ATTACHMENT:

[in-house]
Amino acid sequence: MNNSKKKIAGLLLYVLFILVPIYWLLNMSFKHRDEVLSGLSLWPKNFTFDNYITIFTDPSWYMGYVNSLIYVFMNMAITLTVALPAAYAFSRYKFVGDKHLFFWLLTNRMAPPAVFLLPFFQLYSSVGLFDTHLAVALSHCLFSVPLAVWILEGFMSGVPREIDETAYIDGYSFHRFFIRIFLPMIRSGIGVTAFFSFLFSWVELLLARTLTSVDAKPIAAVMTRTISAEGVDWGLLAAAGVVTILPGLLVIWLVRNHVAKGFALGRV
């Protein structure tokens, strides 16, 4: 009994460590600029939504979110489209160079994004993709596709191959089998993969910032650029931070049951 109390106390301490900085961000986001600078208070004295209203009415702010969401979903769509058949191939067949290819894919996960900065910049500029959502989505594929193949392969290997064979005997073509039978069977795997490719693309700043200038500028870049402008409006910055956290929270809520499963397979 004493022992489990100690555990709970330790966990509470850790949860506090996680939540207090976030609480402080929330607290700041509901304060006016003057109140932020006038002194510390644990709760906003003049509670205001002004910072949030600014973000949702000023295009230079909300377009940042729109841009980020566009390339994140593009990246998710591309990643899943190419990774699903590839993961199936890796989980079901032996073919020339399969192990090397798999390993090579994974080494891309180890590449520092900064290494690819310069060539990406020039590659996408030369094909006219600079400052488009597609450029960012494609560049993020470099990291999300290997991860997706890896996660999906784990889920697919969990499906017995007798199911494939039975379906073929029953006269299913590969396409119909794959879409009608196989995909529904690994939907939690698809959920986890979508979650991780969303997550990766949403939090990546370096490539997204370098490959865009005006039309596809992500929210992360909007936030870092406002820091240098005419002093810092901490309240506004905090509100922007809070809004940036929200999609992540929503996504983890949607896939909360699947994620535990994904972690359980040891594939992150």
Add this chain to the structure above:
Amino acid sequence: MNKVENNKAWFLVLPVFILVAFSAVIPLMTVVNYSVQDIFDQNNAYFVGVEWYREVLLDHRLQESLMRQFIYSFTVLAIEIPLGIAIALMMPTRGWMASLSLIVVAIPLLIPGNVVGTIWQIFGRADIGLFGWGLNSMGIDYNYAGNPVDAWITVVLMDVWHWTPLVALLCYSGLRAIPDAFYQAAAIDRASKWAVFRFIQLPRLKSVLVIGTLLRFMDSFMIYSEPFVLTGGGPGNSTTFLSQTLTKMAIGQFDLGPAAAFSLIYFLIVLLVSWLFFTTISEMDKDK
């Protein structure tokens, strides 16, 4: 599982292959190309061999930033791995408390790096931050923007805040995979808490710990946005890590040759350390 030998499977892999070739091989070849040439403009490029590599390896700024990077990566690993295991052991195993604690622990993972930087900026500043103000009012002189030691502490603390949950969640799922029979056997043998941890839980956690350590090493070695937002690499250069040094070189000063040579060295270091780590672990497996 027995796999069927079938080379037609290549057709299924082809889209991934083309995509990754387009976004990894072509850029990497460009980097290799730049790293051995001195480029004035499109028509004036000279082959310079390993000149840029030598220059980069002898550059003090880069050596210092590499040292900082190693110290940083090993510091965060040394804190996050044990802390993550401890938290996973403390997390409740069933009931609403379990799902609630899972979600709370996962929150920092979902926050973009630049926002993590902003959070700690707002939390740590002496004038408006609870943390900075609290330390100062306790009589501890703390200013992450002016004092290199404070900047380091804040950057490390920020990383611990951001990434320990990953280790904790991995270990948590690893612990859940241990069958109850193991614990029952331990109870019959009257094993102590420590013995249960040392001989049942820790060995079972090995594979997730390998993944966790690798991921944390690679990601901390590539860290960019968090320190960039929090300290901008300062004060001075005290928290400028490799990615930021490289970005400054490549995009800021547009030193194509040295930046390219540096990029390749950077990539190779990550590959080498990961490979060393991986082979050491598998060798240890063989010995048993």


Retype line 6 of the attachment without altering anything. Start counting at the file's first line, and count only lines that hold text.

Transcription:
């Protein structure tokens, strides 16, 4: 599982292959190309061999930033791995408390790096931050923007805040995979808490710990946005890590040759350390 030998499977892999070739091989070849040439403009490029590599390896700024990077990566690993295991052991195993604690622990993972930087900026500043103000009012002189030691502490603390949950969640799922029979056997043998941890839980956690350590090493070695937002690499250069040094070189000063040579060295270091780590672990497996 027995796999069927079938080379037609290549057709299924082809889209991934083309995509990754387009976004990894072509850029990497460009980097290799730049790293051995001195480029004035499109028509004036000279082959310079390993000149840029030598220059980069002898550059003090880069050596210092590499040292900082190693110290940083090993510091965060040394804190996050044990802390993550401890938290996973403390997390409740069933009931609403379990799902609630899972979600709370996962929150920092979902926050973009630049926002993590902003959070700690707002939390740590002496004038408006609870943390900075609290330390100062306790009589501890703390200013992450002016004092290199404070900047380091804040950057490390920020990383611990951001990434320990990953280790904790991995270990948590690893612990859940241990069958109850193991614990029952331990109870019959009257094993102590420590013995249960040392001989049942820790060995079972090995594979997730390998993944966790690798991921944390690679990601901390590539860290960019968090320190960039929090300290901008300062004060001075005290928290400028490799990615930021490289970005400054490549995009800021547009030193194509040295930046390219540096990029390749950077990539190779990550590959080498990961490979060393991986082979050491598998060798240890063989010995048993």